A Real Man’s Strength Comes from Following Jesus

What is the measure of a man? Is it athletic ability, strength, intelligence, or accomplishments? In Brave and Bold, his devotional for young men, Marty Machowski offers thirty-one daily devotions to encourage readers to become men whose strength comes from following Jesus and reflects him to a watching world.

Machowski explores the truth that becoming a real man means trusting God in every area of life, including serving, taking responsibility, and confessing failure. Through personal vignettes and practical application, men will be challenged to “be doers of the word, and not hearers only” (James 1:22) and to be examples of faithfulness, selflessness, self-control, and humble dependence on the Lord. Each devotion calls men to grow deeper in compassion, kindness, courage, integrity, and service.

In the following interview, Machowski offers insight as to why this devotional was so important for him to write and shares what men today really need to know.

Q: Introduce us to your new men’s devotional, Brave and Bold. Who did you write the book for?

I wrote the book for young men who desire to become great men. I believe young men want to do great things with their lives, but many lack a mentor to help them. I wanted to provide a pocket guide to help challenge younger men to excel in all they do.

While my illustrations throughout the book are taken from my experience in the military, the biblical truths I present apply to all men. I wasn’t athletic; my gifts lie in art and music, but I still needed to learn faithfulness, courage, responsibility, and integrity—all key components of true strength in manhood. While the Army did help me increase my strength and push-up count, it was the character building I experienced in those years that helped transform me from boyhood to manhood.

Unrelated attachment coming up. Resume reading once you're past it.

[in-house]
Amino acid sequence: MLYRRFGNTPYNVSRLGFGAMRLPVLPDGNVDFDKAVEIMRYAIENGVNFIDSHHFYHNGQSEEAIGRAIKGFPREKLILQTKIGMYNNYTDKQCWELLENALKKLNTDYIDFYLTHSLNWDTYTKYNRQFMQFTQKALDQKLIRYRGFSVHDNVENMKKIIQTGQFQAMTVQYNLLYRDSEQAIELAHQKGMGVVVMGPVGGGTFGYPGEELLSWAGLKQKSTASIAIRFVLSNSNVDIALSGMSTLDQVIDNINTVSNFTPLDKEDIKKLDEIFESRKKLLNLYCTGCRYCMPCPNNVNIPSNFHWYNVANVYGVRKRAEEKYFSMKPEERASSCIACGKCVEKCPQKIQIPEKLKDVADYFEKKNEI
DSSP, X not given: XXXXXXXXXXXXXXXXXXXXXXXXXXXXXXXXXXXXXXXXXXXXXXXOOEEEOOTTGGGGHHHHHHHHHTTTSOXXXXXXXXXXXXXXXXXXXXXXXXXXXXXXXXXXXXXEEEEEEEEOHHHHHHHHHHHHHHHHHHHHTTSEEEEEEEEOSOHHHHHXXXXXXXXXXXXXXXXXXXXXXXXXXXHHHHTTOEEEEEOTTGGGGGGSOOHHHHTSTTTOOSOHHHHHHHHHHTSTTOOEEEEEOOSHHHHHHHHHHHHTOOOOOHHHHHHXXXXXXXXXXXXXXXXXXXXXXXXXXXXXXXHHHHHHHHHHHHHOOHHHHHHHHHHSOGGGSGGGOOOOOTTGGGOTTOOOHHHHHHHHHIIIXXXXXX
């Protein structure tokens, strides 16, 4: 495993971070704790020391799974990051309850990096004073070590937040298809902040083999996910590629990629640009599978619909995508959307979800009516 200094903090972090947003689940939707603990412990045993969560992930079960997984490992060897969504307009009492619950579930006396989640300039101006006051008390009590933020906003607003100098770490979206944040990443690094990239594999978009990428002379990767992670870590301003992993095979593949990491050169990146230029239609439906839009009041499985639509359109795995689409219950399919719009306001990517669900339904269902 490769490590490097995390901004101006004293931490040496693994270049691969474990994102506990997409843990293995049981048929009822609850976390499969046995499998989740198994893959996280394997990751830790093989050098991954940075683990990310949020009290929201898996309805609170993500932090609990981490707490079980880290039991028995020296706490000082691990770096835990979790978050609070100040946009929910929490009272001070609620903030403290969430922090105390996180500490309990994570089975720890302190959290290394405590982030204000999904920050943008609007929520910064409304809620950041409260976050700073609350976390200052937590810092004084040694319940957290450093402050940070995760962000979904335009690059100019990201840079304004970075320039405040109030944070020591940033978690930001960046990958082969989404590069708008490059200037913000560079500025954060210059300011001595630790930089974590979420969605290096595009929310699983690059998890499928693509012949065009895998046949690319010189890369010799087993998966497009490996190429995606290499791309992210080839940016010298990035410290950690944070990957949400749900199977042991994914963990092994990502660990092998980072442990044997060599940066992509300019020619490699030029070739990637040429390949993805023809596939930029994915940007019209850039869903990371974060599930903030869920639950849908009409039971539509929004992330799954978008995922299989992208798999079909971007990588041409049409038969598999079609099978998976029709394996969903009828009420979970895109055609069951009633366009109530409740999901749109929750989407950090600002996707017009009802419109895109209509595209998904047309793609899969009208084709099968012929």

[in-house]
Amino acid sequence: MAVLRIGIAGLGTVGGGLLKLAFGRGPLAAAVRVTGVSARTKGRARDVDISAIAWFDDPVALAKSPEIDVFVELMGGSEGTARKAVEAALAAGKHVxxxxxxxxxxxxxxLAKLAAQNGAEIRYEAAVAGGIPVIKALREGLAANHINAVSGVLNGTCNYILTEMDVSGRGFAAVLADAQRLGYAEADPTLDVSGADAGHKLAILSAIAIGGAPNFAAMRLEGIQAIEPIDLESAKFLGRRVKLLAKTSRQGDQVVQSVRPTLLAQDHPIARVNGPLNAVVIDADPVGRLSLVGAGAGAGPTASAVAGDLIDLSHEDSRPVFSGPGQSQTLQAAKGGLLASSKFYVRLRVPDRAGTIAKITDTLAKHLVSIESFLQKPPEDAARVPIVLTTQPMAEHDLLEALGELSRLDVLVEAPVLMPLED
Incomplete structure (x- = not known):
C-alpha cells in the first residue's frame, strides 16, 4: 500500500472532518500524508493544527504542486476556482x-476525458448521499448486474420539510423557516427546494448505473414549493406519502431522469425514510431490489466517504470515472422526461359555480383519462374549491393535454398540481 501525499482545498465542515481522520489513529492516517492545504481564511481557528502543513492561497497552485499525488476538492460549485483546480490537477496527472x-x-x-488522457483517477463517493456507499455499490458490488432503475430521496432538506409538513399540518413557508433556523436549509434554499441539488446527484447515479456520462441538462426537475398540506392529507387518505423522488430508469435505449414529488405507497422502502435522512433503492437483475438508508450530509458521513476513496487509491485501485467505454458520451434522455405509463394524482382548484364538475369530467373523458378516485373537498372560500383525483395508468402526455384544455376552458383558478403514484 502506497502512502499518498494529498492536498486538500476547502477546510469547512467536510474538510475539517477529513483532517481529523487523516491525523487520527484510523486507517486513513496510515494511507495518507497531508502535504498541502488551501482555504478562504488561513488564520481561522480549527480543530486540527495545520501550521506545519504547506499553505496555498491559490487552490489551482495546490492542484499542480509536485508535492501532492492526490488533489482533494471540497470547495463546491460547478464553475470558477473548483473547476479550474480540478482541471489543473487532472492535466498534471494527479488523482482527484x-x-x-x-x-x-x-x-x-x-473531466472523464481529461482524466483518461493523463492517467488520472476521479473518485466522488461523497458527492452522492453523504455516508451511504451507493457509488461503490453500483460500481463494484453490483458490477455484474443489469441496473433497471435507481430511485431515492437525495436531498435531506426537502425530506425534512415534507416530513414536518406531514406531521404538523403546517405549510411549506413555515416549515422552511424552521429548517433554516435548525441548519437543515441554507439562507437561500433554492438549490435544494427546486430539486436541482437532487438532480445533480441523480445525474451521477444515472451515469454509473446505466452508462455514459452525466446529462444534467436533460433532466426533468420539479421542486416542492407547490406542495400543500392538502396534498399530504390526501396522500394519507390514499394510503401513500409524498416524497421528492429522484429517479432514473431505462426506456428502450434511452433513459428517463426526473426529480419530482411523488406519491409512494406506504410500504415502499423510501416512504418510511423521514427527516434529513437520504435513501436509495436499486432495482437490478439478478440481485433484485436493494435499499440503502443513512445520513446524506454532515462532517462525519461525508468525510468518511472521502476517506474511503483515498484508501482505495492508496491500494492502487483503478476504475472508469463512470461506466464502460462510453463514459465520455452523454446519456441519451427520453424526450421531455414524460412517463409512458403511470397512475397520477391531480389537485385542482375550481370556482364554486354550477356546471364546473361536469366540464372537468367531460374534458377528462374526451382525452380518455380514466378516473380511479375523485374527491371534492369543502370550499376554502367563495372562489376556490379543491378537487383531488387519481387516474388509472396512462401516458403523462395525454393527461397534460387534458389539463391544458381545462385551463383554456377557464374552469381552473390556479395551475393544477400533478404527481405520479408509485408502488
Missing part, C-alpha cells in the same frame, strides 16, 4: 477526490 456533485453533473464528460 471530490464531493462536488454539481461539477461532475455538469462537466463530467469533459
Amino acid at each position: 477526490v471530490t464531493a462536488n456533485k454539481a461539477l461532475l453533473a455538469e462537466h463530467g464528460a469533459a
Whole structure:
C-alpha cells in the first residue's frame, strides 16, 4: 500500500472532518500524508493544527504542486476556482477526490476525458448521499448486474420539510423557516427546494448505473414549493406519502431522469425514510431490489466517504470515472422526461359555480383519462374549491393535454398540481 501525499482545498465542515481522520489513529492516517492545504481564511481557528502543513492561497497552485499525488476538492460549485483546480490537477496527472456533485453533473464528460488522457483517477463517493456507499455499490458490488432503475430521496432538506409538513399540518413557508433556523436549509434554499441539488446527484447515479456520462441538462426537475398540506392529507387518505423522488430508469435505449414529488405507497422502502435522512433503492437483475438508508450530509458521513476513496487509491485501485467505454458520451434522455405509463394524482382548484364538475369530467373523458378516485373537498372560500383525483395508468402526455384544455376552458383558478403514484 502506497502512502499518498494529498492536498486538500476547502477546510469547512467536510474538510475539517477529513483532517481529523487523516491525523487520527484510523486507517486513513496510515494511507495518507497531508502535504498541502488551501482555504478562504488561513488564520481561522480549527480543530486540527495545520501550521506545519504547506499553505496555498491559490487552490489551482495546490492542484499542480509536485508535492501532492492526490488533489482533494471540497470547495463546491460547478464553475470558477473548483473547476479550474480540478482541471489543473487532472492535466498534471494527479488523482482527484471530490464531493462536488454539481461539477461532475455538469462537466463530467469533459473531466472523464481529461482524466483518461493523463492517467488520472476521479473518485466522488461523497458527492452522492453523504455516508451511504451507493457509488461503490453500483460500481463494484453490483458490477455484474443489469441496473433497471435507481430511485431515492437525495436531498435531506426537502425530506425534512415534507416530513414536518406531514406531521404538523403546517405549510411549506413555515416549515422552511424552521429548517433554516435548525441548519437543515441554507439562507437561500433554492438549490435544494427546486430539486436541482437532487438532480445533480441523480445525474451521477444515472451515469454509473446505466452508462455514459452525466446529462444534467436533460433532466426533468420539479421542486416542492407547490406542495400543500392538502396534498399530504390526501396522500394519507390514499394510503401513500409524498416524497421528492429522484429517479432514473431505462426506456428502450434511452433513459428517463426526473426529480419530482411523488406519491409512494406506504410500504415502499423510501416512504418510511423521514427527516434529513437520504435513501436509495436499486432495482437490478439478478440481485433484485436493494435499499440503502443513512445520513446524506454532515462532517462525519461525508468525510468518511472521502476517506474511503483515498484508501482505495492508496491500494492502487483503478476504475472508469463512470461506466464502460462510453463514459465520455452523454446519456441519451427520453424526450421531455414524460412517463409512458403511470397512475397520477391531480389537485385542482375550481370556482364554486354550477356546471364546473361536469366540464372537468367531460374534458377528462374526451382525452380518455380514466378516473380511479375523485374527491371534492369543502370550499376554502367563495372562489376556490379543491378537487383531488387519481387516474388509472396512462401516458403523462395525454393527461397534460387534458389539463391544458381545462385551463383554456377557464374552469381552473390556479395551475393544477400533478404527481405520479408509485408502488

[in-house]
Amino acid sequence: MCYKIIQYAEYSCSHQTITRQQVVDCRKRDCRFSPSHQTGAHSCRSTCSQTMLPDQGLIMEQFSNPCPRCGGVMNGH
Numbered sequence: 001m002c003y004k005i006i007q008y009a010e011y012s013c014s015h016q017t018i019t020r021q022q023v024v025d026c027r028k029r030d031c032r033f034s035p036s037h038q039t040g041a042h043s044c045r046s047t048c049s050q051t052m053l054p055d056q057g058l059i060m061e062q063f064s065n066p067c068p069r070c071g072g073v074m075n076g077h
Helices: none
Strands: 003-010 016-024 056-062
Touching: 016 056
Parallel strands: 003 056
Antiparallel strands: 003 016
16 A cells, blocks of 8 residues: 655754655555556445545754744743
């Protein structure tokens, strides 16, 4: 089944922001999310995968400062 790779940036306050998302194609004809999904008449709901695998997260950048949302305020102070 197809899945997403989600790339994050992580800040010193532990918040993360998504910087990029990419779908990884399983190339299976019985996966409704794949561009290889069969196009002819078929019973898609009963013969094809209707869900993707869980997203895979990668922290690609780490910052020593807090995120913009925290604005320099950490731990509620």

Q: Why did you feel there was a need for this kind of devotional for young men?

According to the U.S. Census Bureau, of the 18.3 million children living in this country, 1 in 4 live without a biological, step, or adoptive father in the home. [Source: U.S. Census Bureau. (2020)]. Half of those are boys are growing up without a dad to mentor them. Even more young men grow up with a largely absent dad who does not mentor them. I want Brave and Bold to help fill that void.

Every young man needs a mentor to help him grow. Yet today, far too few men are taking up the charge to disciple the next generation of growing boys. I wanted to produce a resource that young men could benefit from but also provide a tool for older men to use in discipling their sons, grandsons, youth and college ministry participants, neighbors and more.

Q: How do you define biblical manhood in the introduction to the book?

Biblical manhood is not about strength or stature. Biblical manhood is about character in leading, serving, taking responsibility, protecting, and providing. Paramount in this process is our call to lead in our love and worship of God.

Even though I use military and sports examples, the character qualities these stories showcase are important for all men, even those who are not particularly athletic or military minded. Think of King David from the Old Testament. He was considered too small to be presented to Samuel for consideration as king. He tended the flocks while his brothers went to war. He played the harp and composed poetry and song. Yet it was David who demonstrated the courage to defend God’s honor and slay Goliath with a stone. What does God say of David? He is “a man after my own heart” (Acts 13:22).

Q: Why is it important for boys to have mentors throughout their youth as they journey toward manhood? Can you tell us about your own mentors?

There is a saying that men are not born, they are made. The mentors in our life help shape us and give us a pattern to follow. The problem is that too many of our young men don’t have someone to model and teach godliness. My dad mentored me in spiritual things, while my uncles took an active interest to take me on outings and speak good sense to me.